First, fix the damage because "the passage of time is liability and money," says Ian Brandt, partner at Wagner, Berkow & Brandt. 


“Co-op boards regularly blame shareholders when it comes to water damage issues and say that if the damage is inside the apartment, it’s the shareholder’s obligation to repair, and if it’s outside, it’s the building’s responsibility, but that’s usually not true,” says Ian Brandt, a partner at the Manhattan real estate law firm Wagner, Berkow & Brandt.

Instead of insisting a shareholder’s insurance policy pick up the bulk of the costs when it comes to water damage, Brandt says co-op boards should obtain as much indemnification (insurance reimbursement) as possible from the co-op’s insurance policy where liabilities are addressed. 

“Co-op boards have really big insurance policies for tens or hundreds of millions of dollars in coverage and they are spending between $50,000 and $100,000 annually in premiums. They should be using it but often it requires some pushback by the board on the co-op insurance company,” Brandt says.

One concern for boards is that premiums will rise, but Brandt says, "premiums inevitably increase irrespective of whether claims are filed." He points out the purpose of insurance is to receive an indemnity for covered losses, rather than pay for liabilities out of pocket. 

Legal obligations

A co-op board has ample legal authority to push back on insurance companies that pressure a board to transfer liability onto a shareholder, Brandt says. 

“The warranty of habitability alone mandates that a residential landlord is responsible for keeping your apartment and the building safe and livable at all times,” he says, noting that co-ops are considered landlords in the eyes of the law and have the same apartment repair obligations to shareholders as regular landlords have to ordinary, non-investing tenants.

Brandt recently won $2.5 million in a settlement for a co-op owner because the building had refused to make repairs after a flood.

“It would have cost the building less than $100,000 to rebuild the apartment, but they hoped the shareholder would pay and instead of making repairs, the board faced five years of litigation, ending in a settlement before trial,” he says.

First, fix the problem

Brandt says the best thing a board can do is to assume all of the basic repairs and not to point fingers: “The passage of time is liability and money. Fix it first and if you can pass on liability later, then you can take that route.”

One argument that’s often used by insurance companies to avoid making repairs is that alterations and upgrades were made to the shareholder’s apartment before it was damaged.

The insurance company might say they’ll only make repairs to return it to its original condition but that means, in a prewar building, their repair obligations might only encompass what was installed 100 years ago.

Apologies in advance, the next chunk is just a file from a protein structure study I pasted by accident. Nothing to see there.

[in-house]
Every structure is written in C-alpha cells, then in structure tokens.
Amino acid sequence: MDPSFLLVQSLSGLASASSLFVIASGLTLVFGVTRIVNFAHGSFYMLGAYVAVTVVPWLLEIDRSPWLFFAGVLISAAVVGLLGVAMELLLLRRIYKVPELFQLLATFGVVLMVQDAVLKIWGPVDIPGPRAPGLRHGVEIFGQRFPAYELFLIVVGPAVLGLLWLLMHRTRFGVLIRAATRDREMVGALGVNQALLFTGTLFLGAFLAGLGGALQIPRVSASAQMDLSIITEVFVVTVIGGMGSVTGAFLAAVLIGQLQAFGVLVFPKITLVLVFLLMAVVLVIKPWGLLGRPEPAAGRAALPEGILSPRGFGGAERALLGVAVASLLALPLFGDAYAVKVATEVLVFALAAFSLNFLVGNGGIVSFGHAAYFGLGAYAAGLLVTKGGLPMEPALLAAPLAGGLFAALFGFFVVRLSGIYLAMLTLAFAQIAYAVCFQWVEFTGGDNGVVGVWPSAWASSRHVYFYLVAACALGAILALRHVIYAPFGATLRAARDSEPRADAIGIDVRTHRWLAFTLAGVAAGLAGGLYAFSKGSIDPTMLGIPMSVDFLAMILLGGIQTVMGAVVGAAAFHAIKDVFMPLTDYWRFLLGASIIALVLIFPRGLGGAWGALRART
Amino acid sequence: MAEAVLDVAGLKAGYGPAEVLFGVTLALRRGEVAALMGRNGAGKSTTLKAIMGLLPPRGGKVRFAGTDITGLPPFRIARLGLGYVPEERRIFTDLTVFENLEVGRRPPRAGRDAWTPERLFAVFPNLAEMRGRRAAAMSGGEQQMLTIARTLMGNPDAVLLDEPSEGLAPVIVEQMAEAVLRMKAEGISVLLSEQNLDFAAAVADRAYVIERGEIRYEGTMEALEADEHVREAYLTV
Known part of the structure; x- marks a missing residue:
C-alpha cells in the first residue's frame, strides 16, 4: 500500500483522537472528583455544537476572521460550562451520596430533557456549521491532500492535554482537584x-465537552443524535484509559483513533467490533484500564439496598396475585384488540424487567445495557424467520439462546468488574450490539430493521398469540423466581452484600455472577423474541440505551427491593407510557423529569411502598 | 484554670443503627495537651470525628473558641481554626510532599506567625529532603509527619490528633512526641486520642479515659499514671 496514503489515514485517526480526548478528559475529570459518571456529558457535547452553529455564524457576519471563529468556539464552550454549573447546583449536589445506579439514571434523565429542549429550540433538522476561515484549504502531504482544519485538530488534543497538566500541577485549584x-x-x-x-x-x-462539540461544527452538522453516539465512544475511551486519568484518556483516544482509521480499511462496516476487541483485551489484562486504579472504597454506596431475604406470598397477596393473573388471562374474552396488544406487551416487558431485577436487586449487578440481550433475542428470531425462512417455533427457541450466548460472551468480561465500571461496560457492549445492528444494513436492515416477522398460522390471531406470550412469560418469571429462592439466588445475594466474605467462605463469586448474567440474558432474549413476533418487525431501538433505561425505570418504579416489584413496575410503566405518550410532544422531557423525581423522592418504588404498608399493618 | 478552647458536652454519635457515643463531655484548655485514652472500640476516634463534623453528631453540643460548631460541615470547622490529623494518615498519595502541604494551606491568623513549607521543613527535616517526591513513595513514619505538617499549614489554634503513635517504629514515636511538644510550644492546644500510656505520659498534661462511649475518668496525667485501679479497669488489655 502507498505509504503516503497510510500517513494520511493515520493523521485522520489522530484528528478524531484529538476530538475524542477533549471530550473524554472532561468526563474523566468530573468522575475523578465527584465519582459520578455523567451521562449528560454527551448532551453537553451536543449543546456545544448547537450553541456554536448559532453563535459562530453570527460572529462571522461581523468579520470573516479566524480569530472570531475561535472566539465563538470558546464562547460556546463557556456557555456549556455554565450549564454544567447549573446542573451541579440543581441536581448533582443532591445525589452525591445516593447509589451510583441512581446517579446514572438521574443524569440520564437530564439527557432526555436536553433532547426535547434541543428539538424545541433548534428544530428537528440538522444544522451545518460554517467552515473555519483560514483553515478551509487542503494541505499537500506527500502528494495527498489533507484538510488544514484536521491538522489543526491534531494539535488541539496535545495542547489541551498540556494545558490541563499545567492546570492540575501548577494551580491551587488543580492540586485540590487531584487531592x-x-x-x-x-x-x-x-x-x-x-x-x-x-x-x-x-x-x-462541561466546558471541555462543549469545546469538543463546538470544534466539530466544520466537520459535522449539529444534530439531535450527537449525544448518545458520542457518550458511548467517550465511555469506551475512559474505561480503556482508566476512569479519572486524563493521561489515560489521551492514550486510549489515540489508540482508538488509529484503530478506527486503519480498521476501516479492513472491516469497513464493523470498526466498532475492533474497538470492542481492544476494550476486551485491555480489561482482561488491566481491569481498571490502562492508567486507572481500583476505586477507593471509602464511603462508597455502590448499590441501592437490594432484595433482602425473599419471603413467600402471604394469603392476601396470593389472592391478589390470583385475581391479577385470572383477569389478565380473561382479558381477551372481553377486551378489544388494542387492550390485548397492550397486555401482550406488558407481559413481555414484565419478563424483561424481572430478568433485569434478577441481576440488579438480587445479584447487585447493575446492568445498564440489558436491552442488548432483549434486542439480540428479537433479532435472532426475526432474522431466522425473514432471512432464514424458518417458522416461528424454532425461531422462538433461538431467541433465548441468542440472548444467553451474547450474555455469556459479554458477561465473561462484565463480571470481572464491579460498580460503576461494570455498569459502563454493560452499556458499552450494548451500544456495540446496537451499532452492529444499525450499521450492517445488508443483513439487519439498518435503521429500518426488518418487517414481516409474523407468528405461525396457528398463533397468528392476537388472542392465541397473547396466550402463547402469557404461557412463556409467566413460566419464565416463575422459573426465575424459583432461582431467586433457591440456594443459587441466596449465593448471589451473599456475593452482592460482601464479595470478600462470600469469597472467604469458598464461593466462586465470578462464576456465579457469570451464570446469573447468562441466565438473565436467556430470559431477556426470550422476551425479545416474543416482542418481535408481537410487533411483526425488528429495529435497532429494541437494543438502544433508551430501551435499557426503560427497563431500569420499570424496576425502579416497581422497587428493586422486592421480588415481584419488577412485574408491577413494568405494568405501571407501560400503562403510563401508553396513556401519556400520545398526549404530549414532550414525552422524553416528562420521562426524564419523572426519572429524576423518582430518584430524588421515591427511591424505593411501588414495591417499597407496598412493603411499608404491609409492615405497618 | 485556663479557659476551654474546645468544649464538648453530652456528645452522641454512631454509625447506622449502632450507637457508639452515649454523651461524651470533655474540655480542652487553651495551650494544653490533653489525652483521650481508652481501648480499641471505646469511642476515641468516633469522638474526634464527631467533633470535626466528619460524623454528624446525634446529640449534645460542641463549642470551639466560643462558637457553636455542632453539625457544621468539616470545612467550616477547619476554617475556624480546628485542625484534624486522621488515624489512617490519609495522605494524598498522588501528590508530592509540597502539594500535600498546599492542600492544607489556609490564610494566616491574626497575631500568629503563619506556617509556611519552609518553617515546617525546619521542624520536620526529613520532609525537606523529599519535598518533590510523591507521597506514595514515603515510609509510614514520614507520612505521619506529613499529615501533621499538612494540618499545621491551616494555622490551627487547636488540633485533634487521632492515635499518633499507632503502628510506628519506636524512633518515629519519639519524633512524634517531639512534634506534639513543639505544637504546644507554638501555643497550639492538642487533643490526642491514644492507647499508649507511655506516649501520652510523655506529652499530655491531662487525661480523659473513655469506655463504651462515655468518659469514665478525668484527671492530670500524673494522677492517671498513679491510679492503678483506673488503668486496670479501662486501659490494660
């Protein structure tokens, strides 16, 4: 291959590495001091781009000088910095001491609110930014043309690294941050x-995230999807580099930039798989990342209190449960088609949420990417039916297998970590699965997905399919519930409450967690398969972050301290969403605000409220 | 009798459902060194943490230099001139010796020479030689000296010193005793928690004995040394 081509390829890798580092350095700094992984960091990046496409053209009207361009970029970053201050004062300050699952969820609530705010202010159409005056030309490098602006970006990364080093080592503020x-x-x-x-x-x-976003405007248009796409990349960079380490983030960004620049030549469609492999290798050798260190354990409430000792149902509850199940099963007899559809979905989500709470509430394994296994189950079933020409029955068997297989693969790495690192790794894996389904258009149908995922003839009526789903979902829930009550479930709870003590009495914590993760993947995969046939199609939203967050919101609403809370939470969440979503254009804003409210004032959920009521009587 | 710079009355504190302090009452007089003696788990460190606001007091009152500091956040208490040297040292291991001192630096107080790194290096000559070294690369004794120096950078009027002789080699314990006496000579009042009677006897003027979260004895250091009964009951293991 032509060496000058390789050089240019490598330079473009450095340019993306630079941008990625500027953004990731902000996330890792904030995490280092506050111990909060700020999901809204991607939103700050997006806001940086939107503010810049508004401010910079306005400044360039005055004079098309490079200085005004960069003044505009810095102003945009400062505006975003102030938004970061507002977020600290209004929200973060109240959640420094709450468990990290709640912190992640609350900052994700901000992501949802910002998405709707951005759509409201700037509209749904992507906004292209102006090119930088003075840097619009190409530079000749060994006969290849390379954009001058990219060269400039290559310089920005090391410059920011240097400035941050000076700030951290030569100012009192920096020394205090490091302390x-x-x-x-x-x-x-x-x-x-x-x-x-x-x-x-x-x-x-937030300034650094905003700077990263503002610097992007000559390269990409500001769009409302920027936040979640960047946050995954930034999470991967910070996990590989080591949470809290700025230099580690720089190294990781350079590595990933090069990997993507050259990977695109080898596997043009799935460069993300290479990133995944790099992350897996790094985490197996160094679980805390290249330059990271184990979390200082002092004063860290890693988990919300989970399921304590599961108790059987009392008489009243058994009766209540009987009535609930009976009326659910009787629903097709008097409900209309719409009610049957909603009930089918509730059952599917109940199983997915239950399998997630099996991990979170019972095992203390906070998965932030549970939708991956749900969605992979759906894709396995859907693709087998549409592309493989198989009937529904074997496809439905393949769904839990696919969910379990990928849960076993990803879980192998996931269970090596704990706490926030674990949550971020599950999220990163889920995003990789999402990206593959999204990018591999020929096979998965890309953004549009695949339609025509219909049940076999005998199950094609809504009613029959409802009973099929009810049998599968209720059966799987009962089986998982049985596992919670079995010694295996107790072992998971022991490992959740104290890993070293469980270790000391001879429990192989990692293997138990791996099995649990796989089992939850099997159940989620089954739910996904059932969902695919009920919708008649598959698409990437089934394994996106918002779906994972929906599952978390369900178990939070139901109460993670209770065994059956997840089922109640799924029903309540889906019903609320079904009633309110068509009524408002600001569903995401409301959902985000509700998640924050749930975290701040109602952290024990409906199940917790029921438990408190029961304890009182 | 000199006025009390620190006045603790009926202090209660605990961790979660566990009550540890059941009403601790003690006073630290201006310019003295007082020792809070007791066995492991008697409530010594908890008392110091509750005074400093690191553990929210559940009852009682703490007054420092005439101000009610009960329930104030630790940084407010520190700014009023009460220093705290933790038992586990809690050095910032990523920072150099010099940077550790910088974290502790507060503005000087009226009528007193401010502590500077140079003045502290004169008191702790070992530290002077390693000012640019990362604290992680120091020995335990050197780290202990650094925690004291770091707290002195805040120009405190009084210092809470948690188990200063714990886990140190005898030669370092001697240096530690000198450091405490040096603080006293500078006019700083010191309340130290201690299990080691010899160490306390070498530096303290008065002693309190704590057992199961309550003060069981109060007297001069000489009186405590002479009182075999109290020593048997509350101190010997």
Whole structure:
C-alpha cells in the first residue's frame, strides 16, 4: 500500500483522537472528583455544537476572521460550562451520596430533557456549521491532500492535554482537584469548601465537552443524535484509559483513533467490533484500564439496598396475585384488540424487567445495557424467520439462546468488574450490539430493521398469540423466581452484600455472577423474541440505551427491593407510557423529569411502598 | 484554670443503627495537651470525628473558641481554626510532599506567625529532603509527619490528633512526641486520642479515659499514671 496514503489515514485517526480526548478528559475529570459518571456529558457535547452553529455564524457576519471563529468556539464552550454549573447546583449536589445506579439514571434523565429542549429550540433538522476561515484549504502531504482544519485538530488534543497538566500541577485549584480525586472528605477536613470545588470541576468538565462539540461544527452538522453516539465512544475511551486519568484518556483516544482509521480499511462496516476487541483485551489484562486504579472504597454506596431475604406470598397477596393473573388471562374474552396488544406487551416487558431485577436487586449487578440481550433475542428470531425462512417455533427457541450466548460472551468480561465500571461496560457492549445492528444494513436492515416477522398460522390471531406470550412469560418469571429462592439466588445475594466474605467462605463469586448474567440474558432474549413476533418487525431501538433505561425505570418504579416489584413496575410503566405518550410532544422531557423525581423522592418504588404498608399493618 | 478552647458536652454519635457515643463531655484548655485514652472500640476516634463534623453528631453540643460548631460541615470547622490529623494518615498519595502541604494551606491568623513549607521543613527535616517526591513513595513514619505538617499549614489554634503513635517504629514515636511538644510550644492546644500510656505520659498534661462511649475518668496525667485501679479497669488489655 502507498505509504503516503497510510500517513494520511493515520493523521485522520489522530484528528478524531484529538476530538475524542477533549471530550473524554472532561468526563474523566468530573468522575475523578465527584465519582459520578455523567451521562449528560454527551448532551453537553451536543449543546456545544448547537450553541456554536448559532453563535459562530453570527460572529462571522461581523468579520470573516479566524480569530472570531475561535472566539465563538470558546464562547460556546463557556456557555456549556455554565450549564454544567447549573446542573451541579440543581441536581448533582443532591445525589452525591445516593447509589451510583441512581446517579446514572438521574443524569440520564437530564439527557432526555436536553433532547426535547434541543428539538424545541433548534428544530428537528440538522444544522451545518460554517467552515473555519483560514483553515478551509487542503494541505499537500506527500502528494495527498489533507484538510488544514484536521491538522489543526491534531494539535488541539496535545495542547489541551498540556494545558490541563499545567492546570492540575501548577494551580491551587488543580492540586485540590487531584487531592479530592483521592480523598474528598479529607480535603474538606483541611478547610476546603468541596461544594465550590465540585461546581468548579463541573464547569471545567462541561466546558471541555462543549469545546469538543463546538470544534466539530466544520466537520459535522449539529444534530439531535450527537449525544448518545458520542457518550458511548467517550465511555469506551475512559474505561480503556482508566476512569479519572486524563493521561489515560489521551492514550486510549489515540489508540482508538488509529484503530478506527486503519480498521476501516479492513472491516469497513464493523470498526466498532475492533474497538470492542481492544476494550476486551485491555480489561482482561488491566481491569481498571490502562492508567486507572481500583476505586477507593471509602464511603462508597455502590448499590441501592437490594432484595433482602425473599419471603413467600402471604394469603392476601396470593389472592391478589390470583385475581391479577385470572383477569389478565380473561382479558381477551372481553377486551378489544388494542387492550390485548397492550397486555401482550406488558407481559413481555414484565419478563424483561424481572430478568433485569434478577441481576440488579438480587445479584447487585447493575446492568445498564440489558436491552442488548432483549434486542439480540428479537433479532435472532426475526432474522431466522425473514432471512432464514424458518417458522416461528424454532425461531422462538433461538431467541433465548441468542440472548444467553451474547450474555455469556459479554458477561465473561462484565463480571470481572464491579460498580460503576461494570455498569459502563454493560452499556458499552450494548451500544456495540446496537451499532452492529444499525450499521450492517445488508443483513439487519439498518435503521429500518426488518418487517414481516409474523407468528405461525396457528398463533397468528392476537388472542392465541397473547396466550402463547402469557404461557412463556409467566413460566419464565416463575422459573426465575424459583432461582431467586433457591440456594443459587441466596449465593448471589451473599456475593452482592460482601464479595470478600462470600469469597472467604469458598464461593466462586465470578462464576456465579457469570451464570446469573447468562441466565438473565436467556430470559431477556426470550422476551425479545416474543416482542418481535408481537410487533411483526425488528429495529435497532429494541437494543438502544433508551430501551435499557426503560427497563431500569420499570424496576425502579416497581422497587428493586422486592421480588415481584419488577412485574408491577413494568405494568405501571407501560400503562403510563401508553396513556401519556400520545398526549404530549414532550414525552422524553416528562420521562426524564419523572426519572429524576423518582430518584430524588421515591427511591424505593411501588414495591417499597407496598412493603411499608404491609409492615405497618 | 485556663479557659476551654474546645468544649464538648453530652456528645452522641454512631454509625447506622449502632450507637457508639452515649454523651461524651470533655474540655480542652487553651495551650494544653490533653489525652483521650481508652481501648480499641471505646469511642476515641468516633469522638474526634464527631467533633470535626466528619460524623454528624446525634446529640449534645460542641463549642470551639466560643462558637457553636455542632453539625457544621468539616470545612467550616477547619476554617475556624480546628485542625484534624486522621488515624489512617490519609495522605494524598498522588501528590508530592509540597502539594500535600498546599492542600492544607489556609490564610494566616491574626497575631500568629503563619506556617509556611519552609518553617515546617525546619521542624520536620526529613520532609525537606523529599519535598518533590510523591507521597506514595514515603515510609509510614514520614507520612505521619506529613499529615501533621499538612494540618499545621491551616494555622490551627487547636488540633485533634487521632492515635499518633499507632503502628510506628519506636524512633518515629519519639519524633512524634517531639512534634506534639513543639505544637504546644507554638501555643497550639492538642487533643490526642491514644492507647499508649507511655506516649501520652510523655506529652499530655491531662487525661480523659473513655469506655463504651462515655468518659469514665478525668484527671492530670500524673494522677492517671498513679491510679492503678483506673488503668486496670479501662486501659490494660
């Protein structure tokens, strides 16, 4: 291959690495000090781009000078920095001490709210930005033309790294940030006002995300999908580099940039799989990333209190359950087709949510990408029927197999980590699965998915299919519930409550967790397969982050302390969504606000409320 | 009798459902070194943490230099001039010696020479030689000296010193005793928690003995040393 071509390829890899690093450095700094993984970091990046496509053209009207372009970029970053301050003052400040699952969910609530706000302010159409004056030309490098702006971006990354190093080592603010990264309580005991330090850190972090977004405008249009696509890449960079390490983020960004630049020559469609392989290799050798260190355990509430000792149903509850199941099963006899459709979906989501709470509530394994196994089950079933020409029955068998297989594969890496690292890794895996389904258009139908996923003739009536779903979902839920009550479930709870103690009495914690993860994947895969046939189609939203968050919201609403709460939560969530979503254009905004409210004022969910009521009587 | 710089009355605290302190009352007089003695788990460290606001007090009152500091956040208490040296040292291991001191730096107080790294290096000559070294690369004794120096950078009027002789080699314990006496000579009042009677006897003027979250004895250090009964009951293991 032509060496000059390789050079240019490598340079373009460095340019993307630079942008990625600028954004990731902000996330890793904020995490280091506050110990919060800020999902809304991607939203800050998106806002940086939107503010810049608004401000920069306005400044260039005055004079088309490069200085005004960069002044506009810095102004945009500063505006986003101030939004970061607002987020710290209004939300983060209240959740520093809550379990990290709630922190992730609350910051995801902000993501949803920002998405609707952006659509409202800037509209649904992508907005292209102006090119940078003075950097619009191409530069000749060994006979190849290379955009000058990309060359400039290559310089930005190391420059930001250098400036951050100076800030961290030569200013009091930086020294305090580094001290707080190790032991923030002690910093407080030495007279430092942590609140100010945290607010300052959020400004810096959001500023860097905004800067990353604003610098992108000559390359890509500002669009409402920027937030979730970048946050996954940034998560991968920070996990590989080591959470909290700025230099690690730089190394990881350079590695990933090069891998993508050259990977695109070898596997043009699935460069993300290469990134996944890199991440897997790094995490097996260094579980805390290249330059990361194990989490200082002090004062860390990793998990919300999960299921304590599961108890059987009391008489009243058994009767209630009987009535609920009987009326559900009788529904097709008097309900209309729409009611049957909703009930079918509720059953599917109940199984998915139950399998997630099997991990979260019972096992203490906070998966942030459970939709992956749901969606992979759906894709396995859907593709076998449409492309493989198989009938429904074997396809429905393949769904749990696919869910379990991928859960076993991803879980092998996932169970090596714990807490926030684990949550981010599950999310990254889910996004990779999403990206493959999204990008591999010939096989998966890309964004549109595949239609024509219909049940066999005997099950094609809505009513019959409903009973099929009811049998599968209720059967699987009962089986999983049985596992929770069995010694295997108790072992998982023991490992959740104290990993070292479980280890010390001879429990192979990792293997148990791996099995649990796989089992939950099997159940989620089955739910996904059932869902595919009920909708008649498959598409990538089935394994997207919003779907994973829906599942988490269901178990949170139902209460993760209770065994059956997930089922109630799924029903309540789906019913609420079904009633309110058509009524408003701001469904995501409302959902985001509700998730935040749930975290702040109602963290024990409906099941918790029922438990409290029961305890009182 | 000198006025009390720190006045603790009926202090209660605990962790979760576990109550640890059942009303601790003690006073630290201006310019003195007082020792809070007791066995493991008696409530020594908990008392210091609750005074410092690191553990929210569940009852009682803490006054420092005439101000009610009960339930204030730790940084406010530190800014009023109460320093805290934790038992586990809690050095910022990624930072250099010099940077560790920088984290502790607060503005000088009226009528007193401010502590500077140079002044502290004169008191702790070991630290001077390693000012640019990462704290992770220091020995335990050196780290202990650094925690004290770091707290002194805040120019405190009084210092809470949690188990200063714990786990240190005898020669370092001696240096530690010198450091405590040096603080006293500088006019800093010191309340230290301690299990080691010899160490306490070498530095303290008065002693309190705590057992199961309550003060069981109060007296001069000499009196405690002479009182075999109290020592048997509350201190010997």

“To say that a shareholder’s contractual rights are diminished if they make upgrades is ridiculous,” says Brandt. “It penalizes you for making improvements. The terms of your lease and the protections afforded to you under the lease don’t change just because you make improvements.”

That said, Brandt says in most cases where a shareholder has installed high-end floors or paid for Venetian plaster rather than a regular plaster finish, boards are not contractually obligated to reimburse the shareholder for the full value of the luxury finishes, but only for the reasonable value of the basic finish. 

“Boards have an obligation under the lease to give the shareholder a reimbursement based on the value of the basic components and if the shareholder wants to adjust for the difference, they can, but that doesn’t absolve the co-op from paying for necessary repairs to sheetrock, taping, spackling, and select oak flooring,” he says.   

Brandt recently won $450,000 for a client whose two-bedroom duplex endured years of leaks from a parapet. “The building said they didn’t have any obligations for the apartment’s interior. They could have spent $50,000 in 2007 to fix it, but it went on for 12 years and they wound up paying $450,000.” (If the board loses the case they also have to pay a shareholder’s legal fees.)  

Brandt notes that the situation is different in condominiums. 

"Because there is no leasehold relationship between a condominium association and the unit owners, a condo board has no warranty of habitability obligations to unit owners," he explains. "So if you have water damage in a condo unit, you either have to fix it yourself and later sue a culpable neighbor or the board for the cost of the repairs. To do so, you would need to prove negligence."

Ian Brandt is a partner at the New York City real estate firm Wagner, Berkow & Brandt. To submit a question for this column, click here. To arrange a free 15-minute telephone consultation, send Ian an email or call 646-780-7272.

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Emily Myers

Senior Writer/Podcast Producer

Emily Myers is a senior writer, podcast host, and producer at Brick Underground. She writes about issues ranging from market analysis and tenants' rights to the intricacies of buying and selling condos and co-ops. As host of the Brick Underground podcast she has earned three silver awards from the National Association of Real Estate Editors.

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